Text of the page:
An officer stops you for a simple violation, no big deal. They talk to you about your taillight and suggest an auto shop. But, the tide changes quickly. How much have you had to drink tonight? Where are you headed? You follow the beam of his light to the empty beer can in your passenger seat. It’s in plain view. Your traffic stop just went from standard, to a potential DUI, and you’re wondering what brought on this change. You, and the officer, can see it clear as day. But can he use an object inside of your car to incriminate you?

Plain View and DUI: Did I Incriminate Myself?

Can police officers suddenly change their intentions by questioning you and searching your vehicle? Under the plain view doctrine, yes they can. In simple terms, this means that a police officer can search and seize any evidence that is in their “plain view.” More specifically, police cannot act illegally during the first search. Therefore, the example above is an example of proper police behavior. The officer pulled someone over for a traffic violation before discovering the empty beer can.

Second, police must be in a place where they can physically control the evidence. In other words, the evidence must be in plain view and not something found after looking for something. For example, if you are pulled over on suspicion of DUI and have a bag of marijuana lying in plain sight on the dashboard, the officer can seize that evidence. If you are driving around with, what may become, evidence in plain view— in a sense, you are creating the potential for yourself to get caught.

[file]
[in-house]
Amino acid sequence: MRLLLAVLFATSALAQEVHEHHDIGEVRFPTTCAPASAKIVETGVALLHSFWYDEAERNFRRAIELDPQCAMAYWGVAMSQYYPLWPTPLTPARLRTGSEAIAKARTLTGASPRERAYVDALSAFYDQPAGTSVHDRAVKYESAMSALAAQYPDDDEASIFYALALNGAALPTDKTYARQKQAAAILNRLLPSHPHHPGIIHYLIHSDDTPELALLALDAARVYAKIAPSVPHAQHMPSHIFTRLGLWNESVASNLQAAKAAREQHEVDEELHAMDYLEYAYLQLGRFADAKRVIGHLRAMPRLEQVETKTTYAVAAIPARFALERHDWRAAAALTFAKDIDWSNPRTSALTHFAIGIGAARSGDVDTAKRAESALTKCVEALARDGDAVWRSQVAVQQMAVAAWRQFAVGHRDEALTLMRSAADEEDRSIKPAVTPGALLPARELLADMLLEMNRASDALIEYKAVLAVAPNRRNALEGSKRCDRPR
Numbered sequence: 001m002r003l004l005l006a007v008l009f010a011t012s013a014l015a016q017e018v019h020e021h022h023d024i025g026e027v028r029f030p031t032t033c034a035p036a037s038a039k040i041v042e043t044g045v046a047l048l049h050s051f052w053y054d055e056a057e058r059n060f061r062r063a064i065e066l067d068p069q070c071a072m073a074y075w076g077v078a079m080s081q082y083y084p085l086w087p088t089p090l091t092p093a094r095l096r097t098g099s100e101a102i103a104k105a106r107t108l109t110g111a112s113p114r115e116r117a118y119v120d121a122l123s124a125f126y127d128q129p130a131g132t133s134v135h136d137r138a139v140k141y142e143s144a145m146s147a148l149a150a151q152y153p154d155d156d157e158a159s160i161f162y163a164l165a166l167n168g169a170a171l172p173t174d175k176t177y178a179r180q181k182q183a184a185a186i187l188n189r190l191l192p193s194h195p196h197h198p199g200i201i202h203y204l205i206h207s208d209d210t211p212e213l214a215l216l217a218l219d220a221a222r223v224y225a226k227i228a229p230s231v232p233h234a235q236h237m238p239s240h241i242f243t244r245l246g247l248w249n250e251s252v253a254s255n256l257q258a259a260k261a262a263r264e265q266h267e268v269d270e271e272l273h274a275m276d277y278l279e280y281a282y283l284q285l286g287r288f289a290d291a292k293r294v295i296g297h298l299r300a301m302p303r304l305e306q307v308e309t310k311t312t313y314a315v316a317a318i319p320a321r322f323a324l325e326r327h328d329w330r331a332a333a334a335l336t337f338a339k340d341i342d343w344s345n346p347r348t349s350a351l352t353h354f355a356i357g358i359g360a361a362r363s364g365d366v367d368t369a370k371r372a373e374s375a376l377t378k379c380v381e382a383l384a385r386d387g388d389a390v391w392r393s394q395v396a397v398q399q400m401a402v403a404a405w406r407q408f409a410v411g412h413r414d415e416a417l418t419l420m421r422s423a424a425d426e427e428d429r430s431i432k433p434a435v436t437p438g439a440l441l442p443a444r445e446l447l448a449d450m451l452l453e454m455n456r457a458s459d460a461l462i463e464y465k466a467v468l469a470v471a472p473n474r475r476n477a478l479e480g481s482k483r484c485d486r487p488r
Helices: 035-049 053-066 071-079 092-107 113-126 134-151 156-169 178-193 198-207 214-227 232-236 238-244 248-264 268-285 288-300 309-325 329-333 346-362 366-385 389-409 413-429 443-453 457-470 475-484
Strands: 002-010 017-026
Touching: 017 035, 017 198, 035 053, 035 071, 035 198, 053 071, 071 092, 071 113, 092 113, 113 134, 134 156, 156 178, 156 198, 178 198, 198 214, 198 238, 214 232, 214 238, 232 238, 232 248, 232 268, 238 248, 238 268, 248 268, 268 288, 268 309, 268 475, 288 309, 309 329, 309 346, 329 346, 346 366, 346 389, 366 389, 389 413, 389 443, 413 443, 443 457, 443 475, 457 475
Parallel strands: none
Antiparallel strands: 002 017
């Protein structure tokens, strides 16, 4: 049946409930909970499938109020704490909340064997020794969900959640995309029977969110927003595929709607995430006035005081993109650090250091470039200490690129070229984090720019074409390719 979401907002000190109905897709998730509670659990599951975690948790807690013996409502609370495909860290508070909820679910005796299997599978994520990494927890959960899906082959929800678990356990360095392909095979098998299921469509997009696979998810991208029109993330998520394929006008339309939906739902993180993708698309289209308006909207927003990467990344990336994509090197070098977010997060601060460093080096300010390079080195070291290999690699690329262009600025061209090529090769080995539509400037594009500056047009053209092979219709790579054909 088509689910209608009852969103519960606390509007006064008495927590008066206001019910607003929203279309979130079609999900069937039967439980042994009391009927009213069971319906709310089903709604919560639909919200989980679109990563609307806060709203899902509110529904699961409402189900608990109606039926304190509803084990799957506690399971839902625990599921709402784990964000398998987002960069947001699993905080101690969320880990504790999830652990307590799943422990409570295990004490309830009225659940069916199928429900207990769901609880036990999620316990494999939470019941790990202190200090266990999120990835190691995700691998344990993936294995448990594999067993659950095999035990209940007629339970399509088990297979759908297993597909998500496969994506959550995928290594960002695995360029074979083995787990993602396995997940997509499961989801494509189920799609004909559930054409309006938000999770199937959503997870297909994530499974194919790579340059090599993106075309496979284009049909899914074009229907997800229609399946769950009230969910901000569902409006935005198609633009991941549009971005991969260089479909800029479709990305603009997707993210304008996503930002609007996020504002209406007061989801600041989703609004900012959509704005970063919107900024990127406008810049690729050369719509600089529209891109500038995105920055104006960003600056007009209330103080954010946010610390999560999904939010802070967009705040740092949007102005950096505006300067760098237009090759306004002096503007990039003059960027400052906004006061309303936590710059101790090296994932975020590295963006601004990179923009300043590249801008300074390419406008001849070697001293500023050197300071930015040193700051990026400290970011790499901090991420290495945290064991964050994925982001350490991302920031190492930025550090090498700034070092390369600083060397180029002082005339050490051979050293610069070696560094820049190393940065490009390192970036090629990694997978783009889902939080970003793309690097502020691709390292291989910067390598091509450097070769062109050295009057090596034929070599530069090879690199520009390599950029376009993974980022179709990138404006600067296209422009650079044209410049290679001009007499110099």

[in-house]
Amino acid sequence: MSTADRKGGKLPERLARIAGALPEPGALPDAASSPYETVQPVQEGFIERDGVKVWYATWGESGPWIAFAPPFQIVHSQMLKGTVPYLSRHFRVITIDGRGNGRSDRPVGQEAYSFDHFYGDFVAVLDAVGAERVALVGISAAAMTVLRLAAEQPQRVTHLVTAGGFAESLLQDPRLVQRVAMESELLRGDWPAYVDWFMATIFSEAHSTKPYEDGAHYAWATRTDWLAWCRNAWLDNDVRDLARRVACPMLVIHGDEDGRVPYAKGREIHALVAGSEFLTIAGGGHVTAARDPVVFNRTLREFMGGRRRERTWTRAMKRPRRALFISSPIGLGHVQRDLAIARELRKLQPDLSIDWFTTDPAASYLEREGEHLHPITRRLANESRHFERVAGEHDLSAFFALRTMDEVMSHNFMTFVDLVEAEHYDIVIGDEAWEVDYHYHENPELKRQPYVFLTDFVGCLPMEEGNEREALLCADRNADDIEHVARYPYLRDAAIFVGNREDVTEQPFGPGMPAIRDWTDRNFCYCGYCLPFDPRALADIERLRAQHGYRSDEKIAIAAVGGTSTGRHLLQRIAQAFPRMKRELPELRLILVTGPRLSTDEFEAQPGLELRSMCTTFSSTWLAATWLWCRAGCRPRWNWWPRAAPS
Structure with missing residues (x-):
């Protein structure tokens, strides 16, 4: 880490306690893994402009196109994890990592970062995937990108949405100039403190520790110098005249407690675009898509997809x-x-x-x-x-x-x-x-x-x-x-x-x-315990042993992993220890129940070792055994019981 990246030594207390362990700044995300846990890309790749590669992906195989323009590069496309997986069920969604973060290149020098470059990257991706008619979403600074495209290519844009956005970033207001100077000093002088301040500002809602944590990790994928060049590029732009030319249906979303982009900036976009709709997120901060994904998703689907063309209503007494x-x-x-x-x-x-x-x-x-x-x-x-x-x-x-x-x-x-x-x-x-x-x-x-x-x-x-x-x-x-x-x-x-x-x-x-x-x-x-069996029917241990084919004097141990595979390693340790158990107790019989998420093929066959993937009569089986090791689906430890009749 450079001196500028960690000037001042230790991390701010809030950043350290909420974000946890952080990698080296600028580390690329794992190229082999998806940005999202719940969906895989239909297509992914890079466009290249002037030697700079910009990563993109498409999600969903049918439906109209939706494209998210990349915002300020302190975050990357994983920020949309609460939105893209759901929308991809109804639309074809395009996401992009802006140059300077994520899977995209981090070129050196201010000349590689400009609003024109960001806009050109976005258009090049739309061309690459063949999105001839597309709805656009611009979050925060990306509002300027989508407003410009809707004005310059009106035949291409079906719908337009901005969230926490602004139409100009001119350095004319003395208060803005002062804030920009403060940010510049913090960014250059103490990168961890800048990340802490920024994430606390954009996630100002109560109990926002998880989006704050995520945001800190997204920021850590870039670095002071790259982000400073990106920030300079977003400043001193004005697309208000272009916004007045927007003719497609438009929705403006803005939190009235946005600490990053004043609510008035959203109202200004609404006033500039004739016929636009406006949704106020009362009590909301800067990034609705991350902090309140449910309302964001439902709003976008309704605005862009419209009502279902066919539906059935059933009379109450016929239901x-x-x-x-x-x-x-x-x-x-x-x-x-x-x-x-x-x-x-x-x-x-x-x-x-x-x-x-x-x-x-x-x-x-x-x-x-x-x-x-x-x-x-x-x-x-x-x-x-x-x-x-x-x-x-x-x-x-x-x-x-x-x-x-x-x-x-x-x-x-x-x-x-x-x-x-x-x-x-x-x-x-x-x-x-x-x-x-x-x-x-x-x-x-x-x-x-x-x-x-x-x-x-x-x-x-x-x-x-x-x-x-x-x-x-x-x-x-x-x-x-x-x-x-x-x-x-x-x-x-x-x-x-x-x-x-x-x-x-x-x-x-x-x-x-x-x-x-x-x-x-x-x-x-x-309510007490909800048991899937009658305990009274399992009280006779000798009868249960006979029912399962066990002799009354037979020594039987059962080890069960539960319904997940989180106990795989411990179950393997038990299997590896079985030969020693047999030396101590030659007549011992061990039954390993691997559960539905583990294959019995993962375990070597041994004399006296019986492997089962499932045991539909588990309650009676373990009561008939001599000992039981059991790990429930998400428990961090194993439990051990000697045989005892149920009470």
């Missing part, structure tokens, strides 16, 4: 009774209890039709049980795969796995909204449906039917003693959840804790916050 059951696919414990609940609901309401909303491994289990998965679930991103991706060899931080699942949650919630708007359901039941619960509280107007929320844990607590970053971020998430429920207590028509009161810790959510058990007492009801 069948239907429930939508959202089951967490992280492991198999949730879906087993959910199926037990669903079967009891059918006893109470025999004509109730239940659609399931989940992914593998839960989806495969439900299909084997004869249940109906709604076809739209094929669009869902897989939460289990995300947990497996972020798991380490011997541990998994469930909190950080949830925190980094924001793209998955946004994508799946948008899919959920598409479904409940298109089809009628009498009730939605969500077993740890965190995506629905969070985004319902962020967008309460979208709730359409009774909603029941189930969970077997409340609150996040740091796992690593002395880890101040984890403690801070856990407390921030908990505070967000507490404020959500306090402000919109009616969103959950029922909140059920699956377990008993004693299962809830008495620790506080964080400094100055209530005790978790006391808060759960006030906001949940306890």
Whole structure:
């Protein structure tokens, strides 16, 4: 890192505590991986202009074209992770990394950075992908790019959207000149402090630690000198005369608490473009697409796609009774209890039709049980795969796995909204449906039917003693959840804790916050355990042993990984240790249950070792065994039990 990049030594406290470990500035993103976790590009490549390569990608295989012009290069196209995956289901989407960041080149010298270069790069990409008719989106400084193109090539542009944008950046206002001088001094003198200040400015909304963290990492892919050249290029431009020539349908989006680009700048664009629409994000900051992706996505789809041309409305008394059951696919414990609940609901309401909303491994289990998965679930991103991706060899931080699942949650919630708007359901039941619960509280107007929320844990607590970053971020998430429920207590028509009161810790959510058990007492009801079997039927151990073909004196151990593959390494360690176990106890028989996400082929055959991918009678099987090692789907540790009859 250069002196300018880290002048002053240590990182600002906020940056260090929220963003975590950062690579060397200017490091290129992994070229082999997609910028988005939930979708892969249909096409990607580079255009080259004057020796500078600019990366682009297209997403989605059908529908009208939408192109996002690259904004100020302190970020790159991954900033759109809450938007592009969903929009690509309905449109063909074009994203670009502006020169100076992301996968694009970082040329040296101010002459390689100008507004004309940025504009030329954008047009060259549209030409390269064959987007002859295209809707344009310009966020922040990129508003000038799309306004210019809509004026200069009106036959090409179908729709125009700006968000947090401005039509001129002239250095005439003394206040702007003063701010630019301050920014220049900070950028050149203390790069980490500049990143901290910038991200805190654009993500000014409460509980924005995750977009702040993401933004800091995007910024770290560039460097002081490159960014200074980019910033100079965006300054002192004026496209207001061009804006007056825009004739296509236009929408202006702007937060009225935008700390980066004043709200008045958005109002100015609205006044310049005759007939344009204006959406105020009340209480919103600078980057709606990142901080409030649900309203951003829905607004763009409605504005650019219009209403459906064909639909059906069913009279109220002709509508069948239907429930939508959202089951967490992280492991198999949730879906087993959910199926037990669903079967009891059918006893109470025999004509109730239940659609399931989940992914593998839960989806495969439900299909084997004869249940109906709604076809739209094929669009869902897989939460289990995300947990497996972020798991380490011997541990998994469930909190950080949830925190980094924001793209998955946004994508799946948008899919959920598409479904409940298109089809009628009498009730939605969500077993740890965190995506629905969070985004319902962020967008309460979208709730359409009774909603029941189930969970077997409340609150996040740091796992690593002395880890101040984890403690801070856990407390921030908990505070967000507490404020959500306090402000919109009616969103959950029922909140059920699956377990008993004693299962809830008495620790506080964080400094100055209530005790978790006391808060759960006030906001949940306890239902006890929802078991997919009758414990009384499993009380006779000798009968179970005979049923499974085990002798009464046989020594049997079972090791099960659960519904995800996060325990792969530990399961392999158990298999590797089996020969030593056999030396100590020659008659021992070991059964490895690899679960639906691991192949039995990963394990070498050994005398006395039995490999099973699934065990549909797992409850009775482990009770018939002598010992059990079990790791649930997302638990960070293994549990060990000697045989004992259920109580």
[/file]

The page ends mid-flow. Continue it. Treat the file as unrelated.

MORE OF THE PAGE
The court in Arizona v. Hicks made the plain view rule in order to prevent police from obtaining warrants during ongoing investigations. In this case, they argue that police who conduct lawful searches should not have to get a warrant for other evidence found during the investigation.

Search Doesn’t Need to Be Unintentional

The plain view doctrine is not just for accidental or unintentional discoveries. If the police have an interest in finding evidence to link someone to a crime, the plain view doctrine can still apply. However, the plain view doctrine relies on the facts. So, if you believe that you might have been illegally searched during what became a DUI stop— speak with your attorney. Discuss the details, and together, you can decide how to move forward.